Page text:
House-passed legislation that would ease the effects of automatic budget cuts on troop training and operations also would bolster funds for Israel’s missile defenses and weapons made by General Dynamics Corp. (GD:US) and Lockheed Martin Corp. (LMT:US)
The measure would shift as much as $380 million this year to expand Israel’s missile defenses, $437 million to add seven C-130J transport aircraft from Lockheed, and $1 billion to buy three DDG-51 Aegis class destroyers made by General Dynamics and Huntington Ingalls Industries Inc. (HII:US) instead of two.
The defense provisions were part of a stopgap spending measure the House passed last week to keep the government operating through the Sept. 30 end of the fiscal year. The Senate plans to take up its version of the so-called continuing resolution this week, with Democrats in that chamber seeking to add more spending flexibility for some domestic programs.
Attention has focused on defense provisions in the House measure that would cushion some effects of the $46 billion in across-the-board budget cuts called sequestration by incorporating an updated defense spending bill for this year. The measure would add $10 billion to operations and maintenance while letting the Pentagon shift as much as $4 billion among accounts to cover other contingencies.
The measure also would shift defense funds to priorities that members of the House and Senate appropriation committees had agreed on for a fiscal 2013 spending bill that never became law. The winners are spelled out in charts accompanying the spending bill.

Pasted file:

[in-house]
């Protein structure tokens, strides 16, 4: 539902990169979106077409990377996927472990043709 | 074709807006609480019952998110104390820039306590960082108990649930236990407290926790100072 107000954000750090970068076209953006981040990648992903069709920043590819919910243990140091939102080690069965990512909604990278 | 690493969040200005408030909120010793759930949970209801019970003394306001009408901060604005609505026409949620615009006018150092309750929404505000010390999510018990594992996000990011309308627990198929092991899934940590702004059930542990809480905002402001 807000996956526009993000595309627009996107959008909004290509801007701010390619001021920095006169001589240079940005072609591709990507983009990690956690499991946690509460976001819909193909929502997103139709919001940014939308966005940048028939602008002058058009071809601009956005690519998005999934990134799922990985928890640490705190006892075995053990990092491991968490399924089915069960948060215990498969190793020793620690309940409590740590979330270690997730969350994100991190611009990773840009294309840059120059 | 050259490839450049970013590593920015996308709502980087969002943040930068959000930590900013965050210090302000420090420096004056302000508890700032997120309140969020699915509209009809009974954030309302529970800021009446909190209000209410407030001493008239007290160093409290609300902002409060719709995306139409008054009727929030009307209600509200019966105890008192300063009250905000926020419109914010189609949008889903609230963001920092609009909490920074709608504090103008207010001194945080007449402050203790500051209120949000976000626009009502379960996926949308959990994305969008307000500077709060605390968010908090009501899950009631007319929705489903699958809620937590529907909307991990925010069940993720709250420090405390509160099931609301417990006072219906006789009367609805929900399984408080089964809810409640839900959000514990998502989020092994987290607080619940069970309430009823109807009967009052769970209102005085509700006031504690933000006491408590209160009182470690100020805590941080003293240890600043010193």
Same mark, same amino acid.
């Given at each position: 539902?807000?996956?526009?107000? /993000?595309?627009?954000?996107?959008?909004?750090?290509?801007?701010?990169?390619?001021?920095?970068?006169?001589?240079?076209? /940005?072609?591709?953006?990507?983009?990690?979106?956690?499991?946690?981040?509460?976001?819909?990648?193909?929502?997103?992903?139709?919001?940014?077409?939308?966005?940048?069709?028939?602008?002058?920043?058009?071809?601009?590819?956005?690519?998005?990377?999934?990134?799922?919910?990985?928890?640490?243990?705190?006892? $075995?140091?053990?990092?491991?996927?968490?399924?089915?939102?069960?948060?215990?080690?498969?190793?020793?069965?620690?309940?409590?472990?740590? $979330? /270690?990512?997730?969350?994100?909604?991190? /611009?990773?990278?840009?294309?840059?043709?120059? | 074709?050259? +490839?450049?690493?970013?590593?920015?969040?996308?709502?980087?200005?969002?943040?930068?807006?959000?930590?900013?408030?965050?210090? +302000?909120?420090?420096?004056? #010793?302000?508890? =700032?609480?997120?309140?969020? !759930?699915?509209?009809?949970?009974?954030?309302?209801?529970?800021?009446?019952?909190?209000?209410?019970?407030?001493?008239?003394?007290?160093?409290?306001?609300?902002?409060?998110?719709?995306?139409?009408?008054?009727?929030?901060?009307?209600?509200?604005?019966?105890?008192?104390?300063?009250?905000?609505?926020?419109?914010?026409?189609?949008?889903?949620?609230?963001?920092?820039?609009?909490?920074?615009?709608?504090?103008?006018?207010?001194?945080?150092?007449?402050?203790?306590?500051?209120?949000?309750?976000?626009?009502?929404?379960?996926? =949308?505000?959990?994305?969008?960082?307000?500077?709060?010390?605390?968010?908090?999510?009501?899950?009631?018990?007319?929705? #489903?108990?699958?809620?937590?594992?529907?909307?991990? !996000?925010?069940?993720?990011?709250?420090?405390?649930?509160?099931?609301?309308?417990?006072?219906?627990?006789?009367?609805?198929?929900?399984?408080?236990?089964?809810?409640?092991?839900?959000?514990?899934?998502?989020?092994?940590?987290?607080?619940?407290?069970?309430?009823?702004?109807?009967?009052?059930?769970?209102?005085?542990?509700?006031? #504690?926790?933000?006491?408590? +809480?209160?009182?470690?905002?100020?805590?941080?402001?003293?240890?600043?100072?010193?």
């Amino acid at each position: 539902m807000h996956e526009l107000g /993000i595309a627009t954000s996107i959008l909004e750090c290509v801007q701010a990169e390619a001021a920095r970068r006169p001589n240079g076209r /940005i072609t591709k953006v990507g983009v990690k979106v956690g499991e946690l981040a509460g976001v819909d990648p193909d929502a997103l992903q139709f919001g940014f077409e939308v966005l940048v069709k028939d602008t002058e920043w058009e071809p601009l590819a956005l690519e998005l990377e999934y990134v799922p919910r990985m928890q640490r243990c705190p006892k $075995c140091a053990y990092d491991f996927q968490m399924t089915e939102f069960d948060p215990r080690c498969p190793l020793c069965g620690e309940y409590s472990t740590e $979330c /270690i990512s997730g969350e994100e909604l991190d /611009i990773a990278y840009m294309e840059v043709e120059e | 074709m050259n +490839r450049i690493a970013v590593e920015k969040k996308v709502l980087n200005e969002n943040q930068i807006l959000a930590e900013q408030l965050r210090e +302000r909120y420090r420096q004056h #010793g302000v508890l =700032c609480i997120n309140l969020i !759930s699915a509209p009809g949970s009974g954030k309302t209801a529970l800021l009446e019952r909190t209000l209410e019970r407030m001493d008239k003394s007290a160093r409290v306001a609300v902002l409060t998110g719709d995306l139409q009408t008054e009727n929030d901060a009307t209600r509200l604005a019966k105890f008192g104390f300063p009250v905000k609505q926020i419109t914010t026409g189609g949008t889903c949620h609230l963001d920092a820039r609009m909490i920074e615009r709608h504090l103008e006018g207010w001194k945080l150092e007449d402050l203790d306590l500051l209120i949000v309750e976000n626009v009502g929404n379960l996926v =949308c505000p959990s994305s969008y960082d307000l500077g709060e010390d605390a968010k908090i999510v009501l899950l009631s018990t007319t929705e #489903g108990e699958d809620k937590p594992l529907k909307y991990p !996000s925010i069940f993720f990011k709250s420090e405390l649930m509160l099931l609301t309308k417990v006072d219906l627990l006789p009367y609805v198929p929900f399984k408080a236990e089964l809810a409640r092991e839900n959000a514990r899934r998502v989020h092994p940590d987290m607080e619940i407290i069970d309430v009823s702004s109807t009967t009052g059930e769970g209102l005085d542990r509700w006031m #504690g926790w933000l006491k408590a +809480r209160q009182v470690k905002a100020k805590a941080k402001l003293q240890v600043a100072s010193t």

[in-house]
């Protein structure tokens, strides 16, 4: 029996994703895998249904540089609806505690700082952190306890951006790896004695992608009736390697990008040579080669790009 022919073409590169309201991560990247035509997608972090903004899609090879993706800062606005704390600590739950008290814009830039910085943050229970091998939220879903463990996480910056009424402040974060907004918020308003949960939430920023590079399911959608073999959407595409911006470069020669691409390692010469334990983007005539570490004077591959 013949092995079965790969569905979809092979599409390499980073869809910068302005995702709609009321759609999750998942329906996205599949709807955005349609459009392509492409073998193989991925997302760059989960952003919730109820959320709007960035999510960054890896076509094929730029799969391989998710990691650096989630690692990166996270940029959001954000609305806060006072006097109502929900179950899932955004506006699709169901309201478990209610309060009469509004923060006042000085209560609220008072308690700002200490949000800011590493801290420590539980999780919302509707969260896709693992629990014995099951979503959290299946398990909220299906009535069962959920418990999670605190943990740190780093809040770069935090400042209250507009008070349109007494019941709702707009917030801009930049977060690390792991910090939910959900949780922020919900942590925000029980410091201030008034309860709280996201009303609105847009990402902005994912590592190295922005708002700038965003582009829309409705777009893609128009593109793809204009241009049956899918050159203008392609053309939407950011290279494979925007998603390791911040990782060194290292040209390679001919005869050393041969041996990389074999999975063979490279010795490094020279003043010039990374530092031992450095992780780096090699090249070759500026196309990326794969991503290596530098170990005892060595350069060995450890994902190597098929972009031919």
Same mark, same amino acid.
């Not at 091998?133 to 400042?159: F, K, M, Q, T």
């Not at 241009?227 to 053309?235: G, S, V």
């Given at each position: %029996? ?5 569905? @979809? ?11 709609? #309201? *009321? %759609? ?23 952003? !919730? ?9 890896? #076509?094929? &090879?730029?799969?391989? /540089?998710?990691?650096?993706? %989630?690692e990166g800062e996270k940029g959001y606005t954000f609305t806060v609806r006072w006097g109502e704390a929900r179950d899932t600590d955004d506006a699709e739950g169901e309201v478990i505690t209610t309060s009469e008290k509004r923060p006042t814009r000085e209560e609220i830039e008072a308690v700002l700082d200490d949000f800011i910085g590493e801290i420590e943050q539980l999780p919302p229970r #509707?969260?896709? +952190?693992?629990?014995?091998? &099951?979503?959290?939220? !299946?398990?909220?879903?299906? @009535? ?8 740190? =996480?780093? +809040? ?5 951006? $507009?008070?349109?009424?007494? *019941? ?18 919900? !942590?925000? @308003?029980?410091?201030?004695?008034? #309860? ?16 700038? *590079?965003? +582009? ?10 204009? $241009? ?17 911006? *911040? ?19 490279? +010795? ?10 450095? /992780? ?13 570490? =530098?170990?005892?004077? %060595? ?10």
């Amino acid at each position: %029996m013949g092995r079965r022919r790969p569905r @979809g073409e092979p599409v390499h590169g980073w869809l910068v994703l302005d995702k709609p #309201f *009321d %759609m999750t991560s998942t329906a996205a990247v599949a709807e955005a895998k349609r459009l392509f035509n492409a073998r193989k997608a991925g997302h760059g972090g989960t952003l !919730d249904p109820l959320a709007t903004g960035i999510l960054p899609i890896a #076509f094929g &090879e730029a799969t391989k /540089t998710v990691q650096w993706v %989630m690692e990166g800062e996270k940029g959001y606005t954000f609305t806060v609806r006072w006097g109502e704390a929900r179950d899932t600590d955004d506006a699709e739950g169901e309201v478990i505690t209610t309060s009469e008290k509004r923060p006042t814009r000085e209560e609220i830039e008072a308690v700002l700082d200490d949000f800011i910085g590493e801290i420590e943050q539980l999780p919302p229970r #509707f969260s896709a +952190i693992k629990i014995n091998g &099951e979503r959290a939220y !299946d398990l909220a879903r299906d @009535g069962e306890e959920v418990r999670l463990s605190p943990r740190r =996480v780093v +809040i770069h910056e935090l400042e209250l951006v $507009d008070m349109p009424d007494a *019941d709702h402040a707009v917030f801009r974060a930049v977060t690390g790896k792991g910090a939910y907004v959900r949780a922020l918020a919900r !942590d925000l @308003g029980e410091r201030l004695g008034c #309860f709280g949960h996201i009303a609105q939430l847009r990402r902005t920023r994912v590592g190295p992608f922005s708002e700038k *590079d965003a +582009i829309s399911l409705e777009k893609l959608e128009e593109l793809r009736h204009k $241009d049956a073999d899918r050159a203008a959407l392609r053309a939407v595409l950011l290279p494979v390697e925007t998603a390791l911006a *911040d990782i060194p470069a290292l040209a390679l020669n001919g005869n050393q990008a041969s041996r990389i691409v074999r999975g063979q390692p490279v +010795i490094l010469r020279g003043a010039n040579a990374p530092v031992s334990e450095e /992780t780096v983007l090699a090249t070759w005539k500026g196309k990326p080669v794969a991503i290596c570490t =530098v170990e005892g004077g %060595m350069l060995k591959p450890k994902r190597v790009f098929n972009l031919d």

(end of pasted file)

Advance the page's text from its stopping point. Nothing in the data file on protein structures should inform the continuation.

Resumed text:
Even if the House-passed measure becomes law, the funds for programs favored by the appropriators may be reduced as the Pentagon applies sequestration, which effectively requires a 13 percent cut in each category of weapons over seven months.
Dollars that lawmakers shifted came from numerous accounts, including a reduction of $3.5 billion in the military personnel account. This incorporates planned reductions by 2017 in Army and Marine Corps forces and small cuts in funding for the transfer of troops to new assignments.
Reductions also were taken from weapons and research programs that lawmakers said were behind schedule or otherwise able to absorb revisions.
The money added for Israel’s missile defenses include an extra $211 million for the Iron Dome defense system, praised for defending Israel against Hamas rockets last year, as well as $55.7 million for the system called Israel’s Arrow and $111.4 million for one named David’s Sling.
Lawmakers shifted $605 million to buy 11 additional F/A- 18E/F fighters from Chicago-based Boeing Co. (BA:US) as part of a pending multi-year contract.
They also provided $300 million to buy more Patriot Advanced Capability-3 interceptors from Bethesda, Maryland based Lockheed and $181 million for upgrades the Army says it doesn’t need for the M1A2 tank made by Falls Church, Virginia-based General Dynamics.